The Key Role of Advanced, Flexible Fuel Injection Systems to Match the Future CO2 Targets in an Ultra-Light Mid-Size Diesel Engine

  • GM Global Propulsion Systems - Alberto Vassallo
  • Istituto Motori CNR - Carlo Beatrice, Gabriele Di Blasio, Giacomo Belgiorno
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Published 2018-05-30 by SAE International in United States

The paper describes the results achieved in developing a new diesel combustion system for passenger car application that, while capable of high power density, delivers excellent fuel economy through a combination of mechanical and thermodynamic efficiencies improvement.

Experimental Investigation and Modelling of a 1.5 kW Axial Turbine for Waste Heat Recovery of a Gasoline Passenger Car through a Rankine Cycle

  • Olivier Dumont
Published 2018-05-30 by SAE International in United States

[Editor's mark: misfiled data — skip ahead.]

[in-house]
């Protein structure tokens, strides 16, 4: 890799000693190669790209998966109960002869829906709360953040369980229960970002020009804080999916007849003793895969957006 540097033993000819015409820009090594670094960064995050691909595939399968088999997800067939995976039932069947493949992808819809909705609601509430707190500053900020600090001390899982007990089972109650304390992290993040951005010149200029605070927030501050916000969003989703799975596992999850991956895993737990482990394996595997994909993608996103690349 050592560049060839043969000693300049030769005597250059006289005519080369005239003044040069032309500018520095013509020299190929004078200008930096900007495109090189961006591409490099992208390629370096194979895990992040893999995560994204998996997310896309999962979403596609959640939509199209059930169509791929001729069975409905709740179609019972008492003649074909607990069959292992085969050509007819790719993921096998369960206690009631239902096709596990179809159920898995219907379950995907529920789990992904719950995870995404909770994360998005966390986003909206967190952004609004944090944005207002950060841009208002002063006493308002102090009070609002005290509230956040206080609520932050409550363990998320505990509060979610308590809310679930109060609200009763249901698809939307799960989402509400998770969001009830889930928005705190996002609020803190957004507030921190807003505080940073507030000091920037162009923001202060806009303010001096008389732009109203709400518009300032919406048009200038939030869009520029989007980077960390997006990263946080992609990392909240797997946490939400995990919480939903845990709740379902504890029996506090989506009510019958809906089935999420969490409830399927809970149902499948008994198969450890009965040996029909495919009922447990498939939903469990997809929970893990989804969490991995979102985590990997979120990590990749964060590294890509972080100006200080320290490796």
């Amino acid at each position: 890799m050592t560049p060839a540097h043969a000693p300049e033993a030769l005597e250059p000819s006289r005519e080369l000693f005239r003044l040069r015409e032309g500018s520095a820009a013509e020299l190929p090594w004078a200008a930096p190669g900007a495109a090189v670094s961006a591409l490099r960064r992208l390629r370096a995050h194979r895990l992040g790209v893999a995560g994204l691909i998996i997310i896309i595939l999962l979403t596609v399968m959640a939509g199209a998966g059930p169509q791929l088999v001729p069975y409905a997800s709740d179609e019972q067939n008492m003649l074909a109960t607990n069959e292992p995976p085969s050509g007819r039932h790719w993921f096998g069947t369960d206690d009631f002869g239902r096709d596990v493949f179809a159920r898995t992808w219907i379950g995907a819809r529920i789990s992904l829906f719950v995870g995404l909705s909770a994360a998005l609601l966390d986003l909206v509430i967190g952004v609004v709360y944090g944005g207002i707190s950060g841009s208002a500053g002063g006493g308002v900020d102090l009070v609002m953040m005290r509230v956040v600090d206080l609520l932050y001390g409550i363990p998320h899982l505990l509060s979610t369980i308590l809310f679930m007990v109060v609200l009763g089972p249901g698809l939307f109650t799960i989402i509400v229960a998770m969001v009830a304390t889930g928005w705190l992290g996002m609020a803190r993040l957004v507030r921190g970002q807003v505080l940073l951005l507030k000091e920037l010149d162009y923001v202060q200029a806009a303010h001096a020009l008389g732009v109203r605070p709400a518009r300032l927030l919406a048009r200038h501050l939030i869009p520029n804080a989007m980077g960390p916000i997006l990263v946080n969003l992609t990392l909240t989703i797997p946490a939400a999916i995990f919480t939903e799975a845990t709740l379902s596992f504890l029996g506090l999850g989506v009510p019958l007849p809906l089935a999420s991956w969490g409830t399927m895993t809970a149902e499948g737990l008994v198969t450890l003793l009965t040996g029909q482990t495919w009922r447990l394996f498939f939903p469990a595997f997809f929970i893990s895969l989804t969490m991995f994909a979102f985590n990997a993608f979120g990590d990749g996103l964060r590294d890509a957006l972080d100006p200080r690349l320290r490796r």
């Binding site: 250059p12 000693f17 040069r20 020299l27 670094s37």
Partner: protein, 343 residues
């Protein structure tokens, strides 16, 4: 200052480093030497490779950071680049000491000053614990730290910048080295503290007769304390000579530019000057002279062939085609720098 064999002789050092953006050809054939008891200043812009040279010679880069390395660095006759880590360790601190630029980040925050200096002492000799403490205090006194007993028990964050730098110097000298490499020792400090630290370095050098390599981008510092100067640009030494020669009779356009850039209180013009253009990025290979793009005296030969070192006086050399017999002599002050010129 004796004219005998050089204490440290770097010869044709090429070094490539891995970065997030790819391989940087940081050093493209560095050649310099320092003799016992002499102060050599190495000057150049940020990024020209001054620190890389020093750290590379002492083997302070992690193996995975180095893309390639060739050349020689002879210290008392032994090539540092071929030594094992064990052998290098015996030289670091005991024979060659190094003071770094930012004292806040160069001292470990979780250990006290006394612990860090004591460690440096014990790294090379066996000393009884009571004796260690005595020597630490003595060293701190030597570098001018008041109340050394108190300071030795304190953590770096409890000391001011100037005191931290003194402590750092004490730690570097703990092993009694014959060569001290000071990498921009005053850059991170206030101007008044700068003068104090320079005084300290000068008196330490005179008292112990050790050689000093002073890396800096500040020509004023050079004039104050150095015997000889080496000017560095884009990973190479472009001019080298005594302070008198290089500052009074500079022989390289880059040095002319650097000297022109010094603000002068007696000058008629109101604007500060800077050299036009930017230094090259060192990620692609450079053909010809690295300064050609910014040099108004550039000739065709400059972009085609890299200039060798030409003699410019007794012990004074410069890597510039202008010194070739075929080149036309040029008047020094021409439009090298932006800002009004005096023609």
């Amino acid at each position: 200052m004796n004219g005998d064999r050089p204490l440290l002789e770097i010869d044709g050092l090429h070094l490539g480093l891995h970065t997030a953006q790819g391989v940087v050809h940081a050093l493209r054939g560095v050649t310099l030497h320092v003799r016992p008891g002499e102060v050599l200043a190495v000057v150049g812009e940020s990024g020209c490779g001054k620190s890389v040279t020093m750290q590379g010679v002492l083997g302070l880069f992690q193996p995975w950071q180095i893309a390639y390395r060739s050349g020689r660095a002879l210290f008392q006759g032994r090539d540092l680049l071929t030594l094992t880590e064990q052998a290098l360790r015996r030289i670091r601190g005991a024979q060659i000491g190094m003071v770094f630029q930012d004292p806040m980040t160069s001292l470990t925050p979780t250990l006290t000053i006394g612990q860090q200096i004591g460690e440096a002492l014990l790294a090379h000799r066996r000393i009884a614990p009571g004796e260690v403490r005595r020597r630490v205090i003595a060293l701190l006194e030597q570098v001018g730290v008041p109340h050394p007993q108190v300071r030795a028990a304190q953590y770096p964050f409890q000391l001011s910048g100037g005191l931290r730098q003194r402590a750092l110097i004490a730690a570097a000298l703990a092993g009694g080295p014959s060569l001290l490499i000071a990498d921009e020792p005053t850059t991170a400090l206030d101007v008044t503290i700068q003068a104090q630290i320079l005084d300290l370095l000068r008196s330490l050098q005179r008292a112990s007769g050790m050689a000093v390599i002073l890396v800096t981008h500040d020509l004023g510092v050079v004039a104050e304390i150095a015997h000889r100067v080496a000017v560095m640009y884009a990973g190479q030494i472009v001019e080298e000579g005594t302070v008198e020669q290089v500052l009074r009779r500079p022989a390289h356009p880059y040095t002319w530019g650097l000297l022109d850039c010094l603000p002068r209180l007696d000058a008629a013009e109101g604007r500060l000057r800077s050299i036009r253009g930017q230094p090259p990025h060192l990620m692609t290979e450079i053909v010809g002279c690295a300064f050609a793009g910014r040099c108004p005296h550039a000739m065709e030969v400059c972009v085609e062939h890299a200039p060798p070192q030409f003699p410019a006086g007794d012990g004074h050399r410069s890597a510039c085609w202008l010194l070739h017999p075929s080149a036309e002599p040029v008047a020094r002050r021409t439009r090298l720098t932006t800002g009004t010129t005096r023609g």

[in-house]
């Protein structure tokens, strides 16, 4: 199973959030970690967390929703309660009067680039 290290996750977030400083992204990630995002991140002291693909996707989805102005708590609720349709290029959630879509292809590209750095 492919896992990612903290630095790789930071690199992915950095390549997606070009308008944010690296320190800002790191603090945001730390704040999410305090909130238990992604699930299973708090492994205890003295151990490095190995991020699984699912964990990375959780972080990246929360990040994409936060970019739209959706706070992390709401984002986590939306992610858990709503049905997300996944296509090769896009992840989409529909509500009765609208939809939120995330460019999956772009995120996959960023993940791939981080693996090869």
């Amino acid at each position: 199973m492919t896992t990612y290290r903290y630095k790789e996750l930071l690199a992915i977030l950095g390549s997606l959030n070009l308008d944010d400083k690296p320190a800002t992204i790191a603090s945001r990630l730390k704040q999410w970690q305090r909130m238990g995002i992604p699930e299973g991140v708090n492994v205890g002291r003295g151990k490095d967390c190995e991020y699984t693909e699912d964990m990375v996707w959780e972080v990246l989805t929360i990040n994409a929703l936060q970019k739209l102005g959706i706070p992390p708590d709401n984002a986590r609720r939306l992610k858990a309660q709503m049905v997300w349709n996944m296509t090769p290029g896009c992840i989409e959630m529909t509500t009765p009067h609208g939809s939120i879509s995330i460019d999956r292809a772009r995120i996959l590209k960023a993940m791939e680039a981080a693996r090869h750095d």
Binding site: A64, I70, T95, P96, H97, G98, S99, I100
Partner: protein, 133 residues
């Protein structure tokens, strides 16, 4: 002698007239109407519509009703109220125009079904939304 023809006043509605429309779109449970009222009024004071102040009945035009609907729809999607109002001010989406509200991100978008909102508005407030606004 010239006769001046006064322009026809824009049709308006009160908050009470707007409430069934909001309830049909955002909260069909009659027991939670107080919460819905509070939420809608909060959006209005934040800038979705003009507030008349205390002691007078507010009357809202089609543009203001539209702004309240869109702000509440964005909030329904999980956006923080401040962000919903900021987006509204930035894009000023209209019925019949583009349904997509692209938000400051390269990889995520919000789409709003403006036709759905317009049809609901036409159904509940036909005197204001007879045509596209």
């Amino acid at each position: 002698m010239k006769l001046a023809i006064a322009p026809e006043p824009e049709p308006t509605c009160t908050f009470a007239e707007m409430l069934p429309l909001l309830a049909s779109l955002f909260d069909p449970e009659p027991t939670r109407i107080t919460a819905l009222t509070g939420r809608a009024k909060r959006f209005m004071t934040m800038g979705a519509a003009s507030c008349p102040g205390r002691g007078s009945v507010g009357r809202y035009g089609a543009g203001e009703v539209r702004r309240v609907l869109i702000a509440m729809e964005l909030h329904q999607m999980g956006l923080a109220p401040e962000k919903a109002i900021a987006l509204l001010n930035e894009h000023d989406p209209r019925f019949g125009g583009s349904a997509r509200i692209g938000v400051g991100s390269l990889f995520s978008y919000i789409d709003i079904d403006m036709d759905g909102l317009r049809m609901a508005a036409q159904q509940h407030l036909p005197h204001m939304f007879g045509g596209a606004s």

The Rankine cycle power system is a promising technology to convert the wasted thermal energy from engines into useful energy. In a way to decrease the CO2 emissions of passenger cars, it is possible to recover the waste heat from the exhaust gas that presents a high exergy compared to other sources of waste heat (engine cooling, exhaust gas recovery cooling, etc.). A Rankine cycle test-rig is designed and built to assess the performance of such a cycle in real operating conditions. The most critical component is the expander. This component needs to be compact, light, efficient, reliable and cheap among other criteria. In this context, a 1.5 kW axial turbine composed of two wheels is tested on a Rankine cycle test-rig coupled with a 150 kW engine. A detailed analysis of the performance is proposed. The maximum turbine mechanical isentropic efficiency reached is 41.5%. A semi-empirical approach is proposed to predict the performance of the axial turbine in a wide range of conditions. Finally, the performance on a driving cycle is compared with another technology of expander (scroll).